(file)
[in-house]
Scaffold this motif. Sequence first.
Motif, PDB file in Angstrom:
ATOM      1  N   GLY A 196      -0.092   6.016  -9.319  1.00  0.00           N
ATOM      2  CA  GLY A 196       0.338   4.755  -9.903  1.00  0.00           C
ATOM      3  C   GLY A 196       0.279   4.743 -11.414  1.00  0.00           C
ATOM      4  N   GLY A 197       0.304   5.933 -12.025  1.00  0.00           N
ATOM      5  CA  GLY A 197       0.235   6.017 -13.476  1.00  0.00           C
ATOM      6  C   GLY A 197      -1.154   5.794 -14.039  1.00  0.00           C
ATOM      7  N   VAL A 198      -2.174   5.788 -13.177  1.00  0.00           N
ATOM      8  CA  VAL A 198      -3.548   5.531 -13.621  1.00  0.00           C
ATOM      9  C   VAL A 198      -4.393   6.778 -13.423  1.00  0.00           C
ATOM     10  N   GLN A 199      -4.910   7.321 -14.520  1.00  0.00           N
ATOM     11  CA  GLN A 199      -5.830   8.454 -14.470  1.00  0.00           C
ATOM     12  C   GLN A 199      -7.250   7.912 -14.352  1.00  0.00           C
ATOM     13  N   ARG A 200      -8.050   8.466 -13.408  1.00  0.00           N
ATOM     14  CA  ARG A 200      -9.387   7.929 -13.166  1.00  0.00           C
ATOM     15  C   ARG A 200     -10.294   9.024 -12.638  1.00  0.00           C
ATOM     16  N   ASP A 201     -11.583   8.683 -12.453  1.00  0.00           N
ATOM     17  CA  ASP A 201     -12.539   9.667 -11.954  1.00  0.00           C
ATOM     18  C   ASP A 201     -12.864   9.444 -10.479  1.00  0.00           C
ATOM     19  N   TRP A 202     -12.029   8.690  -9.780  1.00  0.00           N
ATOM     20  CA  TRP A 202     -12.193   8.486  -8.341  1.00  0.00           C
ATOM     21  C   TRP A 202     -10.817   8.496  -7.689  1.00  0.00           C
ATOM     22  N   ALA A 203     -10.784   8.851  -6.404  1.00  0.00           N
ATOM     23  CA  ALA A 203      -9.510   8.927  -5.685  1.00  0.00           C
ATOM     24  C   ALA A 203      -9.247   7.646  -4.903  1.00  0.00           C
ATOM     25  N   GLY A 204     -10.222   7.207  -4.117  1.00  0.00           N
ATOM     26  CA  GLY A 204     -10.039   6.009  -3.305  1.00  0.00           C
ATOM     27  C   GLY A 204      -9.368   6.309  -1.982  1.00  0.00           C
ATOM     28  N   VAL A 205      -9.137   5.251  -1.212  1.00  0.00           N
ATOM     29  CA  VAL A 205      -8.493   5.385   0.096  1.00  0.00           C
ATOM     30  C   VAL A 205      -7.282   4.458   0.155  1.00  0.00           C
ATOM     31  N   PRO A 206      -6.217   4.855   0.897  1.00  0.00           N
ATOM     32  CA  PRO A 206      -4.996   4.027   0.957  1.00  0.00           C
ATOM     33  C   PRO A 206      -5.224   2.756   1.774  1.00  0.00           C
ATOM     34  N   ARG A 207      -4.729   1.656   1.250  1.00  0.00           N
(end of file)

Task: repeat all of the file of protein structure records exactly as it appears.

[in-house]
Scaffold this motif. Sequence first.
Motif, PDB file in Angstrom:
ATOM      1  N   GLY A 196      -0.092   6.016  -9.319  1.00  0.00           N
ATOM      2  CA  GLY A 196       0.338   4.755  -9.903  1.00  0.00           C
ATOM      3  C   GLY A 196       0.279   4.743 -11.414  1.00  0.00           C
ATOM      4  N   GLY A 197       0.304   5.933 -12.025  1.00  0.00           N
ATOM      5  CA  GLY A 197       0.235   6.017 -13.476  1.00  0.00           C
ATOM      6  C   GLY A 197      -1.154   5.794 -14.039  1.00  0.00           C
ATOM      7  N   VAL A 198      -2.174   5.788 -13.177  1.00  0.00           N
ATOM      8  CA  VAL A 198      -3.548   5.531 -13.621  1.00  0.00           C
ATOM      9  C   VAL A 198      -4.393   6.778 -13.423  1.00  0.00           C
ATOM     10  N   GLN A 199      -4.910   7.321 -14.520  1.00  0.00           N
ATOM     11  CA  GLN A 199      -5.830   8.454 -14.470  1.00  0.00           C
ATOM     12  C   GLN A 199      -7.250   7.912 -14.352  1.00  0.00           C
ATOM     13  N   ARG A 200      -8.050   8.466 -13.408  1.00  0.00           N
ATOM     14  CA  ARG A 200      -9.387   7.929 -13.166  1.00  0.00           C
ATOM     15  C   ARG A 200     -10.294   9.024 -12.638  1.00  0.00           C
ATOM     16  N   ASP A 201     -11.583   8.683 -12.453  1.00  0.00           N
ATOM     17  CA  ASP A 201     -12.539   9.667 -11.954  1.00  0.00           C
ATOM     18  C   ASP A 201     -12.864   9.444 -10.479  1.00  0.00           C
ATOM     19  N   TRP A 202     -12.029   8.690  -9.780  1.00  0.00           N
ATOM     20  CA  TRP A 202     -12.193   8.486  -8.341  1.00  0.00           C
ATOM     21  C   TRP A 202     -10.817   8.496  -7.689  1.00  0.00           C
ATOM     22  N   ALA A 203     -10.784   8.851  -6.404  1.00  0.00           N
ATOM     23  CA  ALA A 203      -9.510   8.927  -5.685  1.00  0.00           C
ATOM     24  C   ALA A 203      -9.247   7.646  -4.903  1.00  0.00           C
ATOM     25  N   GLY A 204     -10.222   7.207  -4.117  1.00  0.00           N
ATOM     26  CA  GLY A 204     -10.039   6.009  -3.305  1.00  0.00           C
ATOM     27  C   GLY A 204      -9.368   6.309  -1.982  1.00  0.00           C
ATOM     28  N   VAL A 205      -9.137   5.251  -1.212  1.00  0.00           N
ATOM     29  CA  VAL A 205      -8.493   5.385   0.096  1.00  0.00           C
ATOM     30  C   VAL A 205      -7.282   4.458   0.155  1.00  0.00           C
ATOM     31  N   PRO A 206      -6.217   4.855   0.897  1.00  0.00           N
ATOM     32  CA  PRO A 206      -4.996   4.027   0.957  1.00  0.00           C
ATOM     33  C   PRO A 206      -5.224   2.756   1.774  1.00  0.00           C
ATOM     34  N   ARG A 207      -4.729   1.656   1.250  1.00  0.00           N